This Court possesses the constitutional authority “to interpret and apply the ... laws of the Ho–Chunk Nation,” and may render binding “conclusions of law.” HCN CONST., art. VII, §§ 4, 7(a), available at http://www.ho-chunknation.com/government.aspx. When reviewing questions of law, the Court employs a de novo standard of review, meaning that it examines a matter anew. Hope B. Smith v. Ho–Chunk Nation et al., SU 03–08 (HCN S.Ct., Dec. 8, 2003) at 5 n.3. This case involves a legal inquiry since it concerns the impact that an appellate mootness determination has upon the appealed Trial Court opinion.

As expressed in a recent decision, the Court, in any case, must first deduce whether it possesses subject matter jurisdiction. GCA v. Pine Giroux, SU 15–10 (HCN S.Ct., Dec. 22, 2015) at 2–3. Essentially, the Court must determine whether the alleged dispute “aris[es] under the Constitution, laws, customs, [or] the traditions of the Ho–Chunk Nation.” HCN CONST., art. VII, § 5(a). In most instances, the Court must either discern or verify whether the Ho–Chunk Nation Legislature has “enacted a law to which the HCN Trial Court can apply to [a] case.” Ho–Chunk Nation v. Harry Steindorf et al., SU 00–04 (HCN S.Ct., Sept. 29, 2000) at 5. The existence of such a dispute “grants the HCN Courts subject matter jurisdiction,” id. at 3, and this jurisdictional underpinning must continue to exist at every stage of the litigation, including throughout an appeal. Sadat v. Mertes, 615 F.2d 1176, 1188 (7th Cir.1980).4 A court should independently monitor whether subject matter jurisdiction persists since a judicial act taken in its absence is presumptively null and void. Arbaugh v. Y & H Corp., 546 U.S. 500, 514, 126 S.Ct. 1235, 163 L.Ed.2d 1097 (2006).

No court can act outside the bounds of its established subject matter jurisdiction. See Muskrat v. United States, 219 U.S. 346, 356, 31 S.Ct. 250, 55 L.Ed. 246 (1911). Essentially, a court may exercise subject matter jurisdiction over a cause of action if constitutionally or statutorily empowered to hear such cases in general. See United States v. Cotton, 535 U.S. 625, 630, 122 S.Ct. 1781, 152 L.Ed.2d 860 (2002). “Jurisdiction of the subject-matter, is power to adjudge concerning the general question involved, and is not dependent upon the state of facts which may appear in a particular case, arising, or which is claimed to have arisen, under that *251 general question.”5 Hunt v. Hunt, 72 N.Y. 217, 229 (1878).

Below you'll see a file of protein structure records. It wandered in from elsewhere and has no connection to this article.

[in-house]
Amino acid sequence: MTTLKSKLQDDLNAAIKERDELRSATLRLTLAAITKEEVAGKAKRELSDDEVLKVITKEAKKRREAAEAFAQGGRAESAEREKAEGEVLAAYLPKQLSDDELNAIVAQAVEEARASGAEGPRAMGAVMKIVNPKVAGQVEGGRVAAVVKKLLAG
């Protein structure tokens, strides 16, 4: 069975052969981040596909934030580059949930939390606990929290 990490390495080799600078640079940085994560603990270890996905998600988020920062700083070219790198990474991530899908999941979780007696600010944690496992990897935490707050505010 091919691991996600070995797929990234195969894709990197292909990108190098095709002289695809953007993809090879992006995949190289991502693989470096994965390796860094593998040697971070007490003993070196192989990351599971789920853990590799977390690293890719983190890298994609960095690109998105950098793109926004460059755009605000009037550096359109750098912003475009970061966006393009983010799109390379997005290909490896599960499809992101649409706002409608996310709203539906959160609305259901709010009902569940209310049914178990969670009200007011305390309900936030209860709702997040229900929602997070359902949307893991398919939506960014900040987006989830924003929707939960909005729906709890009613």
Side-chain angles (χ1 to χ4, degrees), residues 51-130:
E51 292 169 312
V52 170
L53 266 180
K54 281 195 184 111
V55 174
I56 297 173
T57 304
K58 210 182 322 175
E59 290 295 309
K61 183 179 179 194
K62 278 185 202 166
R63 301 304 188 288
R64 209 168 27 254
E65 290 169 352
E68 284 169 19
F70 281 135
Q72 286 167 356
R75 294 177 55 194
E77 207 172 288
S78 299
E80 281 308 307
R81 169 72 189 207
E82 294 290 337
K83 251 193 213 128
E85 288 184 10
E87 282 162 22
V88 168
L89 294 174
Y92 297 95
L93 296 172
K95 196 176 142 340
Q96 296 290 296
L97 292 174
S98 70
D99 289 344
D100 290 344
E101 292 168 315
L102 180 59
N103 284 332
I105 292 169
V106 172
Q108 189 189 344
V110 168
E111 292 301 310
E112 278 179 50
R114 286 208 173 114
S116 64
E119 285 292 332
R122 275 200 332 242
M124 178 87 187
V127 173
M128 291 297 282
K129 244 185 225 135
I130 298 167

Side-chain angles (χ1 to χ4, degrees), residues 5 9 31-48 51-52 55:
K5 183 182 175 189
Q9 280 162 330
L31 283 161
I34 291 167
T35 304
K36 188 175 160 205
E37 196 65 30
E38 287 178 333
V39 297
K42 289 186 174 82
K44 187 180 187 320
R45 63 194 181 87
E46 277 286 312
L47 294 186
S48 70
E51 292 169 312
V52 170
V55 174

While litigants can, and oftentimes do, raise subject matter jurisdiction as an affirmative defense,6 a failure to do so does not constitute a waiver. In this respect, subject matter jurisdiction markedly differs from its corollary—personal jurisdiction. “The concepts of subject-matter and personal jurisdiction ... serve different purposes, and these different purposes affect the legal character of the two requirements....” Ins. Corp. of Ir. v. Compagnie des Bauxites de Guinee, 456 U.S. 694, 701, 102 S.Ct. 2099, 72 L.Ed.2d 492 (1982). More precisely, “the personal jurisdiction requirement recognizes and protects an individual liberty interest,” and “[b]ecause the requirement ... represents first of all an individual right, it can, like other such rights, be waived.” Id. at 702–03, 102 S.Ct. 2099.

Similarly, while other affirmative defenses are subject to waiver, courts have confusingly expressed or held that successful movants have deprived the respective courts of “jurisdiction,” in general terms.7 This characterization has regrettably led to courts conflating subject matter jurisdiction with immunity,8 justiciability,9 and timing defenses, to name a few. The United States Supreme Court, at times, has also engendered or added to the confusion.